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IOC under pressure after Iranian gold medalist accused of being member of U.S.-designated terrorist group

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The International Olympic Committee is facing outcry after it allowed an alleged member of the Islamic Revolutionary Guard Corps to compete and win gold at the Tokyo Olympics.

Javad Foroughi secured the gold medal in the 10-meter air pistol on Saturday, the first and only medal so far for Iran in Tokyo. In the days since, international critics, including some from Iran, have accused Foroughi, 41, of being a member of IRGC, a powerful ideological Iranian military branch that answers directly to Supreme Leader Ayatollah Ali Khamenei.

Activist group: Foroughi's medal a 'catastrophe'

Iran's Javad Foroughi celebrates his gold medal in air pistol, but not everyone is. (Reuters/Ann Wang)
Iran's Javad Foroughi celebrates his gold medal in air pistol, but not everyone is. (Reuters/Ann Wang)

An activist group called United for Navid called Foroughi's gold medal a "catastrophe" and demanded an IOC investigation. The group is named for Iranian wrestler Navid Afkari, whom the state executed in 2020 after he participated in anti-government protests. Afkari was convicted of murdering a security guard during protests. His family and activists claim he was tortured into giving a false confession by a state that has reportedly coerced more than 350 false confessions in the past decade. 

"We consider the awarding of an Olympic gold medal to Iran marksman Javad Foroughi not only a catastrophe for Iranian sports but also for the international community, and especially the reputation of the IOC," a United for Navid statement reads. "The 41-year old Foroughi is a current and longtime member of a terrorist organization.

"The IRGC has a history of violence and killing not only of Iranian people and protesters there, but also innocent people in Syria, Iraq and Lebanon. It is a designated foreign terrorist organization by the United States.

“We call for an immediate investigation by the IOC, and until an investigation is completed the suspension of any medal award."

What is the IRGC?

Former President Donald Trump designated the IRGC as a terror group in 2019, the first time the U.S. has made the designation of an official part of another nation's government. The IRGC has a history of violence within Iran and in foreign conflicts.

Per the Washington Post, "the supreme leader uses the IRGC to enforce his will upon the Iranian people and squash any perceived threats, both from inside and outside the country." The IRGC has allied with Hamas and Hezbollah and supported Syrian President Bashar al-Assad in his attacks on anti-government protestors in a civil war that's claimed more than 380,000 lives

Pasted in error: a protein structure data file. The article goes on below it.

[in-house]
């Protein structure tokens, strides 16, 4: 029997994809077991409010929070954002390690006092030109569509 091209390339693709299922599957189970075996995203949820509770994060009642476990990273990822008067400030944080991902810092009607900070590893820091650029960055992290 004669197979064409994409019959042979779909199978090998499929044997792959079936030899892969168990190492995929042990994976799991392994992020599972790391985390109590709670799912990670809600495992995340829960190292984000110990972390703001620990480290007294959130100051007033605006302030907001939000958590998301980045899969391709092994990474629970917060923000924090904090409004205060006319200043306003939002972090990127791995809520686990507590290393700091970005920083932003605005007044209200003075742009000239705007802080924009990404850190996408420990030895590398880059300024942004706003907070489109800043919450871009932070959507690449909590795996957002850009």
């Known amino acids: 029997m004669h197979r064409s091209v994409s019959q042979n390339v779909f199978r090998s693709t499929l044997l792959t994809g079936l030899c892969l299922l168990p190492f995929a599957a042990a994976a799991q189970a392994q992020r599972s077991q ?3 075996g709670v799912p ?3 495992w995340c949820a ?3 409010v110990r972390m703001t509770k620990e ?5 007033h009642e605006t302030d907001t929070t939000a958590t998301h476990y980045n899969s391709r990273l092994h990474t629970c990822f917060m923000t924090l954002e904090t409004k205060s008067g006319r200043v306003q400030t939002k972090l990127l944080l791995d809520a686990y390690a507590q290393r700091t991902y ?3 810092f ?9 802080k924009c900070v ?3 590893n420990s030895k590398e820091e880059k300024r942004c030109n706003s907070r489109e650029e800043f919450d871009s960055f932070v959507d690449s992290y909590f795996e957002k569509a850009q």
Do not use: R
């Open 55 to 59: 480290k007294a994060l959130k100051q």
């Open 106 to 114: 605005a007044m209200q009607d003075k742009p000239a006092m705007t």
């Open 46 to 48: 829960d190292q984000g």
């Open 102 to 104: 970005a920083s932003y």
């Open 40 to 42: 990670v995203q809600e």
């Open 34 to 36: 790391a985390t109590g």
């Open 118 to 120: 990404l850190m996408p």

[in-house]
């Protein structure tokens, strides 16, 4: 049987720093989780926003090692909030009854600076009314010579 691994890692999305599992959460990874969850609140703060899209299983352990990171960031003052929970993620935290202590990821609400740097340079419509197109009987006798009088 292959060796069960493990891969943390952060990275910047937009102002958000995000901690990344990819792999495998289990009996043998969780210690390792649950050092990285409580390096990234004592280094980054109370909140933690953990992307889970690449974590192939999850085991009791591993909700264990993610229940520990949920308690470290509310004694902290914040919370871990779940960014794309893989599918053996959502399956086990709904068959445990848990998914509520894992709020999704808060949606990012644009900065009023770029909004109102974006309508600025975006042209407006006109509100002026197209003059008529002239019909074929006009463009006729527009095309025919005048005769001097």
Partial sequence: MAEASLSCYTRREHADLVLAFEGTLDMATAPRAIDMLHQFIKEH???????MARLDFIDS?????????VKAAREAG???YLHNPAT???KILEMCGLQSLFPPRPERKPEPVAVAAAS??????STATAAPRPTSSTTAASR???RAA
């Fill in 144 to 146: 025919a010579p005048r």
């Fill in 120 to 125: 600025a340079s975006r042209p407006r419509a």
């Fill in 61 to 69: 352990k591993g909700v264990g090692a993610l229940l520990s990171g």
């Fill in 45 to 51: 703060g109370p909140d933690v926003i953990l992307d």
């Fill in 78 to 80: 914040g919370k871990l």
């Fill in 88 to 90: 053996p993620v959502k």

Javad Foroughi competes during finals of the 10m Air Pistol Men's event on Saturday. (Kevin C. Cox/Getty Images)
Javad Foroughi competes during finals of the 10m Air Pistol Men's event on Saturday. (Kevin C. Cox/Getty Images)

Rival shooter: Foroughi's medal 'pure nonsense'

On Friday, six-time Korean medalist Korean shooter Jin Jong-oh echoed United for Navid's statement, calling Foroughi's medal "pure nonsense" in comments to Korean reporters. Jin failed to make it past the qualification stage in Tokyo.

"How can a terrorist win first place? That's the most absurd and ridiculous thing," he said, per the Korea Times.

On Friday, the IOC challenged United for Navid to provide evidence that Foroughi is a member of the IRGC.

"We would encourage them if they have any evidence to send that to us," IOC spokesman Mark Adams said, per the Associated Press.

Foroughi said he picked up a pistol for the first time in recent years

Foroughi claims to have served as a nurse in Syria between 2013 and 2015. He told reporters before the Games that he first picked up a pistol when he found one under a hospital, and that he had never seen one prior to that. Per the IOC, he said he scored 85 points on 10 shots after he received instruction on how to use it and has been practicing since. 

According to AFP, state-run media in Iran celebrated his victory, describing him as "a defender of health and of the shrine," with one publication showing a photo of him giving a military salute during the Iranian anthem as he received his gold medal. 

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